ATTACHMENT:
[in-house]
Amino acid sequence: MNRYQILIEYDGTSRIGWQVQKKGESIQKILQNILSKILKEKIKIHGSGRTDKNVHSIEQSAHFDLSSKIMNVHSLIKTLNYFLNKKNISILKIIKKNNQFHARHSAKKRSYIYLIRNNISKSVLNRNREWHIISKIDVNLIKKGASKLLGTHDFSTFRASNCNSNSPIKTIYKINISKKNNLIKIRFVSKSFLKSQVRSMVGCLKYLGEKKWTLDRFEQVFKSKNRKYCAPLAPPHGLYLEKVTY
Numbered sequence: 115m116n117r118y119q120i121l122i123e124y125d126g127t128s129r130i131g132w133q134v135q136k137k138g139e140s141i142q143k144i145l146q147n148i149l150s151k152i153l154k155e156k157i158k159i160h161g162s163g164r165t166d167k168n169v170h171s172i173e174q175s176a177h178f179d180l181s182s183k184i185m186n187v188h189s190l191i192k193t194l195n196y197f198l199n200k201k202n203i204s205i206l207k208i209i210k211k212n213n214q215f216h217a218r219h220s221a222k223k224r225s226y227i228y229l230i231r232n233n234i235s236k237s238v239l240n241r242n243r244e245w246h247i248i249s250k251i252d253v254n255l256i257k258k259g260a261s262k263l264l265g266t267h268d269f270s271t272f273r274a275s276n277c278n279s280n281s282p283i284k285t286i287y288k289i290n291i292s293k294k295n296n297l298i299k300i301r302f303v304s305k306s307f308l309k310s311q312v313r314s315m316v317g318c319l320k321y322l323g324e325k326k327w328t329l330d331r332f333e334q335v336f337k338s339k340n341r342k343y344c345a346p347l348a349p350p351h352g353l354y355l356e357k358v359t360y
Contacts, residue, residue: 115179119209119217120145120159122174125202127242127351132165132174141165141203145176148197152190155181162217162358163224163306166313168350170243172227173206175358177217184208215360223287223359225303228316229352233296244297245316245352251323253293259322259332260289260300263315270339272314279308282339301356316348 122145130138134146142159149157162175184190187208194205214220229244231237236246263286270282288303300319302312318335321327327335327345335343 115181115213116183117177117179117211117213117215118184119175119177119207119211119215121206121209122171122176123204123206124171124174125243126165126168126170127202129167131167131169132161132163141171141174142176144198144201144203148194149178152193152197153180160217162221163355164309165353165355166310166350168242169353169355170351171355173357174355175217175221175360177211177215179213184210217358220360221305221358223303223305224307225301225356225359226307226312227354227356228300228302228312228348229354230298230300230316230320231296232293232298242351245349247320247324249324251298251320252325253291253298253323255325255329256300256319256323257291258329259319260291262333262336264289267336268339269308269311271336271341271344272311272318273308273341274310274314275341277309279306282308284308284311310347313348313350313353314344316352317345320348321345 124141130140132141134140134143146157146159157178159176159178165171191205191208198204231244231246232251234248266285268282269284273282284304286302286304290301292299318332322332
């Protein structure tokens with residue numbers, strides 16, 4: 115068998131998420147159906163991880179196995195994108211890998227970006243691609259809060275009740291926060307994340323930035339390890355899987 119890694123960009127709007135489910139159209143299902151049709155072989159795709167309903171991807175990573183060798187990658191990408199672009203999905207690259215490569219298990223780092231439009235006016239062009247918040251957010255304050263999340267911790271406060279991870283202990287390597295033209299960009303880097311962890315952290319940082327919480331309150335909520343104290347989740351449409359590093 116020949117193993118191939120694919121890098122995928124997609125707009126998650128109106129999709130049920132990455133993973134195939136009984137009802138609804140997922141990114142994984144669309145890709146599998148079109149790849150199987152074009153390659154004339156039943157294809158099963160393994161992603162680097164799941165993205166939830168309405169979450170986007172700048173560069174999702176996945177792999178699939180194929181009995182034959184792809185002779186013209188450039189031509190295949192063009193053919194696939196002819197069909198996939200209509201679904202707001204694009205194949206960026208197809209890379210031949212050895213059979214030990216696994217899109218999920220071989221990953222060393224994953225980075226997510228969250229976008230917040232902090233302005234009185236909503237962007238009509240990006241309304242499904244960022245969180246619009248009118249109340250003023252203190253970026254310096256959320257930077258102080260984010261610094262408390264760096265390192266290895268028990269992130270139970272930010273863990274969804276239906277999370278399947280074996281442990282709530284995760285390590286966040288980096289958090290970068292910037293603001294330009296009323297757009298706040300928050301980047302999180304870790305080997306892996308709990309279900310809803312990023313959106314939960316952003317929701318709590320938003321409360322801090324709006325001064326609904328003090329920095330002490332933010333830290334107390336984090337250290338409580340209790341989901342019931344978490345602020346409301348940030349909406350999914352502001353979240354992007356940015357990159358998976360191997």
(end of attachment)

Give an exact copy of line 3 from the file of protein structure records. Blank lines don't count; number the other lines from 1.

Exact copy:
Numbered sequence: 115m116n117r118y119q120i121l122i123e124y125d126g127t128s129r130i131g132w133q134v135q136k137k138g139e140s141i142q143k144i145l146q147n148i149l150s151k152i153l154k155e156k157i158k159i160h161g162s163g164r165t166d167k168n169v170h171s172i173e174q175s176a177h178f179d180l181s182s183k184i185m186n187v188h189s190l191i192k193t194l195n196y197f198l199n200k201k202n203i204s205i206l207k208i209i210k211k212n213n214q215f216h217a218r219h220s221a222k223k224r225s226y227i228y229l230i231r232n233n234i235s236k237s238v239l240n241r242n243r244e245w246h247i248i249s250k251i252d253v254n255l256i257k258k259g260a261s262k263l264l265g266t267h268d269f270s271t272f273r274a275s276n277c278n279s280n281s282p283i284k285t286i287y288k289i290n291i292s293k294k295n296n297l298i299k300i301r302f303v304s305k306s307f308l309k310s311q312v313r314s315m316v317g318c319l320k321y322l323g324e325k326k327w328t329l330d331r332f333e334q335v336f337k338s339k340n341r342k343y344c345a346p347l348a349p350p351h352g353l354y355l356e357k358v359t360y